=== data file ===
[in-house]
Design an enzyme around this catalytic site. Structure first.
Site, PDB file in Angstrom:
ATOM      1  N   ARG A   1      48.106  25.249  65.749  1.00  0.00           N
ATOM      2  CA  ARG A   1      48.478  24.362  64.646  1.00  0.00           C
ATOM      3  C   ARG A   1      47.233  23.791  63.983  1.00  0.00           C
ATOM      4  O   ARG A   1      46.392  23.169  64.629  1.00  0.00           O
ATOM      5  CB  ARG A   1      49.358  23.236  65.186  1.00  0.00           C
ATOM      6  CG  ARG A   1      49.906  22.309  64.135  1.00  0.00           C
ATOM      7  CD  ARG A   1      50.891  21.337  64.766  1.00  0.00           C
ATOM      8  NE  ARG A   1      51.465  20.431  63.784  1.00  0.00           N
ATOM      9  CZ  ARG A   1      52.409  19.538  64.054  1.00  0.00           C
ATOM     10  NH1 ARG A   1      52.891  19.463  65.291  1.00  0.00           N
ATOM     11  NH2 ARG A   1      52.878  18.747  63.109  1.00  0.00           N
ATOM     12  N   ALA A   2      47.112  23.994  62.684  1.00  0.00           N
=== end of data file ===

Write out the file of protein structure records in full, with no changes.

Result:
[in-house]
Design an enzyme around this catalytic site. Structure first.
Site, PDB file in Angstrom:
ATOM      1  N   ARG A   1      48.106  25.249  65.749  1.00  0.00           N
ATOM      2  CA  ARG A   1      48.478  24.362  64.646  1.00  0.00           C
ATOM      3  C   ARG A   1      47.233  23.791  63.983  1.00  0.00           C
ATOM      4  O   ARG A   1      46.392  23.169  64.629  1.00  0.00           O
ATOM      5  CB  ARG A   1      49.358  23.236  65.186  1.00  0.00           C
ATOM      6  CG  ARG A   1      49.906  22.309  64.135  1.00  0.00           C
ATOM      7  CD  ARG A   1      50.891  21.337  64.766  1.00  0.00           C
ATOM      8  NE  ARG A   1      51.465  20.431  63.784  1.00  0.00           N
ATOM      9  CZ  ARG A   1      52.409  19.538  64.054  1.00  0.00           C
ATOM     10  NH1 ARG A   1      52.891  19.463  65.291  1.00  0.00           N
ATOM     11  NH2 ARG A   1      52.878  18.747  63.109  1.00  0.00           N
ATOM     12  N   ALA A   2      47.112  23.994  62.684  1.00  0.00           N